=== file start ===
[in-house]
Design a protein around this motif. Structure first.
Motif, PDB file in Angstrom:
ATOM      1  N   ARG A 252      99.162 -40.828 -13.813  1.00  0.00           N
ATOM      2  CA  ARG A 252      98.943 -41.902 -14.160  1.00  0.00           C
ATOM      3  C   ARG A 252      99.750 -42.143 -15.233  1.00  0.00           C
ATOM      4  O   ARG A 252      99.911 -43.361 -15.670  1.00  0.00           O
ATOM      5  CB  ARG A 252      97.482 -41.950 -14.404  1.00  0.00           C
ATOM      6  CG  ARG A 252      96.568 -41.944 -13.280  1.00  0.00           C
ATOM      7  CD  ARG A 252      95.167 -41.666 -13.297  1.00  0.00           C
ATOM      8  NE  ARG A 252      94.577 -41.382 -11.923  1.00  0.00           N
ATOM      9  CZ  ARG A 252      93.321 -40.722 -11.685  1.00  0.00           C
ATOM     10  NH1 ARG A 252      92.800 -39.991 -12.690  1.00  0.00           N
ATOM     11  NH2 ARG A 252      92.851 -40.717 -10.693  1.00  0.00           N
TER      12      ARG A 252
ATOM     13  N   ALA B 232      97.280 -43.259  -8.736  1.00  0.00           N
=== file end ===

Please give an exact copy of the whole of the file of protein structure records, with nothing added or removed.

[in-house]
Design a protein around this motif. Structure first.
Motif, PDB file in Angstrom:
ATOM      1  N   ARG A 252      99.162 -40.828 -13.813  1.00  0.00           N
ATOM      2  CA  ARG A 252      98.943 -41.902 -14.160  1.00  0.00           C
ATOM      3  C   ARG A 252      99.750 -42.143 -15.233  1.00  0.00           C
ATOM      4  O   ARG A 252      99.911 -43.361 -15.670  1.00  0.00           O
ATOM      5  CB  ARG A 252      97.482 -41.950 -14.404  1.00  0.00           C
ATOM      6  CG  ARG A 252      96.568 -41.944 -13.280  1.00  0.00           C
ATOM      7  CD  ARG A 252      95.167 -41.666 -13.297  1.00  0.00           C
ATOM      8  NE  ARG A 252      94.577 -41.382 -11.923  1.00  0.00           N
ATOM      9  CZ  ARG A 252      93.321 -40.722 -11.685  1.00  0.00           C
ATOM     10  NH1 ARG A 252      92.800 -39.991 -12.690  1.00  0.00           N
ATOM     11  NH2 ARG A 252      92.851 -40.717 -10.693  1.00  0.00           N
TER      12      ARG A 252
ATOM     13  N   ALA B 232      97.280 -43.259  -8.736  1.00  0.00           N